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Monday, 15 June 2009

Investing in the Railways

Today the Association of Train Operating Companies (Atoc) published proposals to reopen some of the railway lines shut by Beeching in the 1960's. Its unfortunate that the report does not extend to Scotland or particularly to Wales since movement between the main North Wales, Mid Wales and South Wales network is not possible without travel into England. It does highlight the 'centrist one nation' thinking of Beeching at the time when a premium was placed on links with London rather than on intraregion movement. Maintaining the Aberystwyth - Carmarthen line and the Afonwen - Caernarfon link would have ensured the intraregional integrity that would serve Wales well today.
The document itself is worth a read but I am not sure what the Secretary of Sate for Transport will make of the paragraph in Chapter 2 -
"... The study does not include Scotland, which is the responsibility of Transport Scotland, nor does it include Wales, where Welsh Assembly Government has developed a strategy for transport in Wales. It focuses on major towns or settlements in England, which has no equivalent strategic national authority considering rail capacity in relation to local or regional needs.." The emphasis is mine!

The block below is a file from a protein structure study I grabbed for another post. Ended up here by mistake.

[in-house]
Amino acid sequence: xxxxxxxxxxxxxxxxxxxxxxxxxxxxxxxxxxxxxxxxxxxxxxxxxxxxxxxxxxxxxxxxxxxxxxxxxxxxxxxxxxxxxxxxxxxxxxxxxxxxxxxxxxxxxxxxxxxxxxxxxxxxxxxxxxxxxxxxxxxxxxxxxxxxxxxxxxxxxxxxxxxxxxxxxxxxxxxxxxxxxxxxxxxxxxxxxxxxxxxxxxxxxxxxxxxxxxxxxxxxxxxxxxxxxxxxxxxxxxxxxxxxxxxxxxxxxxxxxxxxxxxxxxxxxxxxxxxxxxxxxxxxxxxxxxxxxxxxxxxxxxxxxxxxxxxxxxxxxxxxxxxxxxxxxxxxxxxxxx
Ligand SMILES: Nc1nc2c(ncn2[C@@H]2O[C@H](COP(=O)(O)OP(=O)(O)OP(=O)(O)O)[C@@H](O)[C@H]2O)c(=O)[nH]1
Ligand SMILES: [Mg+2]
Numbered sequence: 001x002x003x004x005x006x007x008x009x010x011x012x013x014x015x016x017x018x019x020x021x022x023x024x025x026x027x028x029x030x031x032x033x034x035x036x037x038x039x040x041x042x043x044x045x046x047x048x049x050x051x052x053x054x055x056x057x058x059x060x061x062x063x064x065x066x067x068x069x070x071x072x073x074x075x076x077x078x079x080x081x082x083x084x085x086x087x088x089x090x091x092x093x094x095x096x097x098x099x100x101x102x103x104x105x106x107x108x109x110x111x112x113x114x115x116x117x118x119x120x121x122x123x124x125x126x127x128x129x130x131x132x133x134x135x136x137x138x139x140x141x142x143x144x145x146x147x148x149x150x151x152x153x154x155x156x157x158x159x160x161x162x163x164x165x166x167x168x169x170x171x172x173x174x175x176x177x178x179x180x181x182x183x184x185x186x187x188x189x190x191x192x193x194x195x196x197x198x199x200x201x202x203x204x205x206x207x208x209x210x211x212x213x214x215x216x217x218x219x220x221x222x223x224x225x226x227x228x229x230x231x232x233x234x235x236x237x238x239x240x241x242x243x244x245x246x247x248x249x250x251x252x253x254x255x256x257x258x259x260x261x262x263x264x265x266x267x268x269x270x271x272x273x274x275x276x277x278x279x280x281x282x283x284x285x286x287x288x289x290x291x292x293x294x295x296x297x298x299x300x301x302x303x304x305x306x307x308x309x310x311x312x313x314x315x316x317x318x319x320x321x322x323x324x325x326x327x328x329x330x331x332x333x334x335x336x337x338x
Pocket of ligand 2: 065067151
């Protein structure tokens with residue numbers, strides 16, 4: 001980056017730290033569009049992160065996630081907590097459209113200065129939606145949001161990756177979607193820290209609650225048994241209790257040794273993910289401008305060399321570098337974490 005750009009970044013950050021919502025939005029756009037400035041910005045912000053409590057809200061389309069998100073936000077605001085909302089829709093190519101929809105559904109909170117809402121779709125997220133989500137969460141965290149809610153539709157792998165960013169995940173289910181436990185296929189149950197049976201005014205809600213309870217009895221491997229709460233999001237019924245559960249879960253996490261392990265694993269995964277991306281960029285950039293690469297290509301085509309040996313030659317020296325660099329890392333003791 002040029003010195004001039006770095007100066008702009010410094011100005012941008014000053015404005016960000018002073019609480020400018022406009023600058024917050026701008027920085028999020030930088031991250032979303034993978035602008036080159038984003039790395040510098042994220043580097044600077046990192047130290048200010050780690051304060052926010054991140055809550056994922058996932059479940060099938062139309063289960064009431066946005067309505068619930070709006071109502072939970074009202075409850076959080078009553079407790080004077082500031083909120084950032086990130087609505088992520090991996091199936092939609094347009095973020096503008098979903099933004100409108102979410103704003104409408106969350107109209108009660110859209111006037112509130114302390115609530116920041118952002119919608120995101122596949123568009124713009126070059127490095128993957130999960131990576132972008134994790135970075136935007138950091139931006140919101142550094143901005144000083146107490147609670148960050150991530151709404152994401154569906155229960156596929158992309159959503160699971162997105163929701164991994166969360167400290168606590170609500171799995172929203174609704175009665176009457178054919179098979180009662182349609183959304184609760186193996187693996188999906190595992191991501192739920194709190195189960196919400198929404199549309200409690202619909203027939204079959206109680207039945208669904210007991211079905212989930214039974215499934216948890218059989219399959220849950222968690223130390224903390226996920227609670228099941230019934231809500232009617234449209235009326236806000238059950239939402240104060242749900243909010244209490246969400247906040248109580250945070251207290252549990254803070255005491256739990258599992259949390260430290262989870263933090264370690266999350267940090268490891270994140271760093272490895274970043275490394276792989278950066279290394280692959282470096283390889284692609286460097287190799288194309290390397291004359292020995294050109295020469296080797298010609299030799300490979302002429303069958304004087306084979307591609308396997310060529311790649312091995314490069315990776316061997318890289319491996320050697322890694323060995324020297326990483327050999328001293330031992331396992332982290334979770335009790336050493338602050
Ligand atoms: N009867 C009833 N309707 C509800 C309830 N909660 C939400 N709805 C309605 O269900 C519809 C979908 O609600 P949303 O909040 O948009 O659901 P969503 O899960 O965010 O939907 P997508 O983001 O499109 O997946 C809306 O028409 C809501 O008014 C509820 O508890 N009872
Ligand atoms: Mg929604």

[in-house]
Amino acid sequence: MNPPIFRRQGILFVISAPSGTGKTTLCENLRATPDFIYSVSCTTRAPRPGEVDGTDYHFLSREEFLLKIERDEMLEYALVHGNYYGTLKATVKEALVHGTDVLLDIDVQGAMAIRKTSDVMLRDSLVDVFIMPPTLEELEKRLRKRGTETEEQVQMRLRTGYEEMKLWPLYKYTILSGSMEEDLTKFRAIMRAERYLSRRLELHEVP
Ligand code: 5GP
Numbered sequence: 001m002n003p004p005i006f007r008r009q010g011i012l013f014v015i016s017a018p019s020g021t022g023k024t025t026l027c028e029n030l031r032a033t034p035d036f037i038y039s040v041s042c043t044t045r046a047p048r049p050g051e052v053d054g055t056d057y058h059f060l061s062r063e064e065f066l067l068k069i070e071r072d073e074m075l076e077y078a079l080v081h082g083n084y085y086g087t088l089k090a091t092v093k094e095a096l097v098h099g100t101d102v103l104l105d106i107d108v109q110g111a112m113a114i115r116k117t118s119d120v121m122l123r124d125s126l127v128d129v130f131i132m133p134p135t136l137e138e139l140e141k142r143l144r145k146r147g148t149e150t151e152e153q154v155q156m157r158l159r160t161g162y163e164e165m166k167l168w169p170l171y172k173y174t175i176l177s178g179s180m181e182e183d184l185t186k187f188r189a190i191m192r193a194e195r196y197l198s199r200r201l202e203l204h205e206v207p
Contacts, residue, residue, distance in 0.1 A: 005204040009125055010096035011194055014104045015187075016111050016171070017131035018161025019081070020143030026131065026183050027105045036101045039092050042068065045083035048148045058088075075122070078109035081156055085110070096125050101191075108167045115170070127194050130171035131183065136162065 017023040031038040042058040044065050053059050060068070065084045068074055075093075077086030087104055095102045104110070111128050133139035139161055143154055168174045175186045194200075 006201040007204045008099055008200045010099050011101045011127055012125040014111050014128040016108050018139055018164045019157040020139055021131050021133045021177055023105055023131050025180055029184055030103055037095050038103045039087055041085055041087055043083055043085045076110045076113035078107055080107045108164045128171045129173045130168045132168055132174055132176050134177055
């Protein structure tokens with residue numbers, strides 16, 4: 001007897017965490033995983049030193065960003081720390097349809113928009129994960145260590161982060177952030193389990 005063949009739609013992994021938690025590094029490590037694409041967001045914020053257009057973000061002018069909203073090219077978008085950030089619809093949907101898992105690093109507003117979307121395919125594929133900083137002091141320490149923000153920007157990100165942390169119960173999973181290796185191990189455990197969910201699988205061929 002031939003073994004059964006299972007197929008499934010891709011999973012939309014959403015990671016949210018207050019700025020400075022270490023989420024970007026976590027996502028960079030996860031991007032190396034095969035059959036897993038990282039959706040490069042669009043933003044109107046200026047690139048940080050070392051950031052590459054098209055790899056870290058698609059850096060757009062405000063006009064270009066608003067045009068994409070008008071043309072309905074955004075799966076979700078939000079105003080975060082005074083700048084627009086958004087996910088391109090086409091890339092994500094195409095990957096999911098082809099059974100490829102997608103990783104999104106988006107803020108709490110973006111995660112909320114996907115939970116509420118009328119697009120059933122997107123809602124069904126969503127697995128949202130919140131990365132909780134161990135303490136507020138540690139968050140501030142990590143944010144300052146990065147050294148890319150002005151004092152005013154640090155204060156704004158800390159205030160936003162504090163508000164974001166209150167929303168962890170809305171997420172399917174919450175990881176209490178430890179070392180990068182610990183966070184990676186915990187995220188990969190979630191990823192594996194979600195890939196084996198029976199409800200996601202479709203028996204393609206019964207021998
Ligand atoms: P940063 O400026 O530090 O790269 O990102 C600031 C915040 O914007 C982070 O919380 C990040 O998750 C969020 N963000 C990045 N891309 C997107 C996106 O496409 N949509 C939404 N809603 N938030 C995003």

I detect again a centrist urban approach in this document, take a look at the key factors considerd in the methodology in Chapter 4
  • Population growth (ONS forecasts)
  • Percentage of population living in urban areas (ONS)
  • Percentage of work trips by rail
  • Station usage (station entries per person)
  • Car use (vehicle km per person)
  • Traffic intensity (approximation for road congestion)
  • Number of congested road links (DfT data)
  • Population per station (thousands)
  • Number of settlements (>15,000 pop) not rail connected.
If at the outset the model is based on urban criteria then it is unlikely that rural areas will gain much from the proposals. The BBC report is here.
While I welcome the report, I regret the opportunity that Government has missed in dealing with the economic crisis. A Green New Deal would include development of the energy and transport infrastructure, provide work during the crisis and have a impact in years to come.
Have a look at this interesting article as well :- Railways and Rural Development in England and Wales, 1850-1914

1 comment:

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